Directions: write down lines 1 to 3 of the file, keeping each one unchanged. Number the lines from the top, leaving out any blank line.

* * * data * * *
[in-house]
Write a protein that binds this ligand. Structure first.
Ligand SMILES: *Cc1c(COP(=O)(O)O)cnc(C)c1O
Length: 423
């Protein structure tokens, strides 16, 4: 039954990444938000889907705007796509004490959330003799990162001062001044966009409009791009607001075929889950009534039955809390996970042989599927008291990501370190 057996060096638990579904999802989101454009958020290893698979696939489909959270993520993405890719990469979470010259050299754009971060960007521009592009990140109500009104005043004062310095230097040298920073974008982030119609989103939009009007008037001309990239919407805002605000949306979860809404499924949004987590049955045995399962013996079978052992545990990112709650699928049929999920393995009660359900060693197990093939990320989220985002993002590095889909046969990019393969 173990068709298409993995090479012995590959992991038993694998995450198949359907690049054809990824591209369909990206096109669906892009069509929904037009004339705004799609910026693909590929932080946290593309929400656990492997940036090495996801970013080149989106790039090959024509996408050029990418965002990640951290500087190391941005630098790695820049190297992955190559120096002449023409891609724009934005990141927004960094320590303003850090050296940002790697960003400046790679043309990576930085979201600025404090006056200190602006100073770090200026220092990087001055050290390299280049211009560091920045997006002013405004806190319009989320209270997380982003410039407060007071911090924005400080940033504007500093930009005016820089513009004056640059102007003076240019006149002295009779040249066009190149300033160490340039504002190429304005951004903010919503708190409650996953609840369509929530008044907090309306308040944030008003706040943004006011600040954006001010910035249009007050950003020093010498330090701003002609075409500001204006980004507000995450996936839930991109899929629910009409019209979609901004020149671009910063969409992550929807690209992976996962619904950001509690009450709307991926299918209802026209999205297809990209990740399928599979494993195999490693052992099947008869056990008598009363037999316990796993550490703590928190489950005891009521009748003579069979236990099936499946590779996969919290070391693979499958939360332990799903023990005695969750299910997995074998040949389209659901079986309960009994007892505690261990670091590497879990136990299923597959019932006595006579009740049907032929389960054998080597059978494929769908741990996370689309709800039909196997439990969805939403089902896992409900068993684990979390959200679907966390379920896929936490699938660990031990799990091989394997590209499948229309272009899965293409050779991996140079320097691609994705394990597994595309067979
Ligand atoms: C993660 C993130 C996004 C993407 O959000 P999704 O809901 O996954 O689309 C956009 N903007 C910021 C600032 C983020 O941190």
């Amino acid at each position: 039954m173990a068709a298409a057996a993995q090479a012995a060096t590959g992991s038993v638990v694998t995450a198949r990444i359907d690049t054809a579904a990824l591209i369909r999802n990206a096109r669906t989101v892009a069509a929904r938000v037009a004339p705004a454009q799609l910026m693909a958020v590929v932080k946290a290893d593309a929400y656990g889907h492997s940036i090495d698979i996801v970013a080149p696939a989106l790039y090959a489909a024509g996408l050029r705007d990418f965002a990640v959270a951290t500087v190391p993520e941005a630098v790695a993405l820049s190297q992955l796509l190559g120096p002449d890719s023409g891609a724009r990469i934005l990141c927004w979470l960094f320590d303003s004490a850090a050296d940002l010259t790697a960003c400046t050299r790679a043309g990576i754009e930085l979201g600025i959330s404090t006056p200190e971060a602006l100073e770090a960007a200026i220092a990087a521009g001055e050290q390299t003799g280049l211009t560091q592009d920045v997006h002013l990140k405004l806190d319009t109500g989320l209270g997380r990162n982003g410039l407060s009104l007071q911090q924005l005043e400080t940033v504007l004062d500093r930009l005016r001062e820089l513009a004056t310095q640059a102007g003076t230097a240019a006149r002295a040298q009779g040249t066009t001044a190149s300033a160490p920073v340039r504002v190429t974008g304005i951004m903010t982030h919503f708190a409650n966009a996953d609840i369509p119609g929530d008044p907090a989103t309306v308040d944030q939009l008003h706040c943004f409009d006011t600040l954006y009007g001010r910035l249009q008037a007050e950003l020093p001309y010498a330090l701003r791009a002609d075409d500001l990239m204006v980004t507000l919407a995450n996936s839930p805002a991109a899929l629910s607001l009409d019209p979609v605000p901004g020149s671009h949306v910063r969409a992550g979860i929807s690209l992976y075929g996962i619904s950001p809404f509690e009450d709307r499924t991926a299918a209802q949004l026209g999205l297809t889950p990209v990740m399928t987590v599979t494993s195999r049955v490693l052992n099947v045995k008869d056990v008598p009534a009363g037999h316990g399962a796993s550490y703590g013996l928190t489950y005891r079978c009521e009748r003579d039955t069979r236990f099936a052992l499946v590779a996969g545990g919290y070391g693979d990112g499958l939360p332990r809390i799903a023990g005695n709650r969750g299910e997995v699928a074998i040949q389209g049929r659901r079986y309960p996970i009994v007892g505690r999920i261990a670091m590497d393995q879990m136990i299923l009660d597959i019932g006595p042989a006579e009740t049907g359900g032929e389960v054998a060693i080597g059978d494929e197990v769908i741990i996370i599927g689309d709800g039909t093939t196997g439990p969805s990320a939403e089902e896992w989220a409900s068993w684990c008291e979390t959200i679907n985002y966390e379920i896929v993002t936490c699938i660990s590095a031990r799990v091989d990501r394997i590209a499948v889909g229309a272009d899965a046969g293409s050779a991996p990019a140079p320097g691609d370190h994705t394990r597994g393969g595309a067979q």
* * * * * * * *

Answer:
[in-house]
Write a protein that binds this ligand. Structure first.
Ligand SMILES: *Cc1c(COP(=O)(O)O)cnc(C)c1O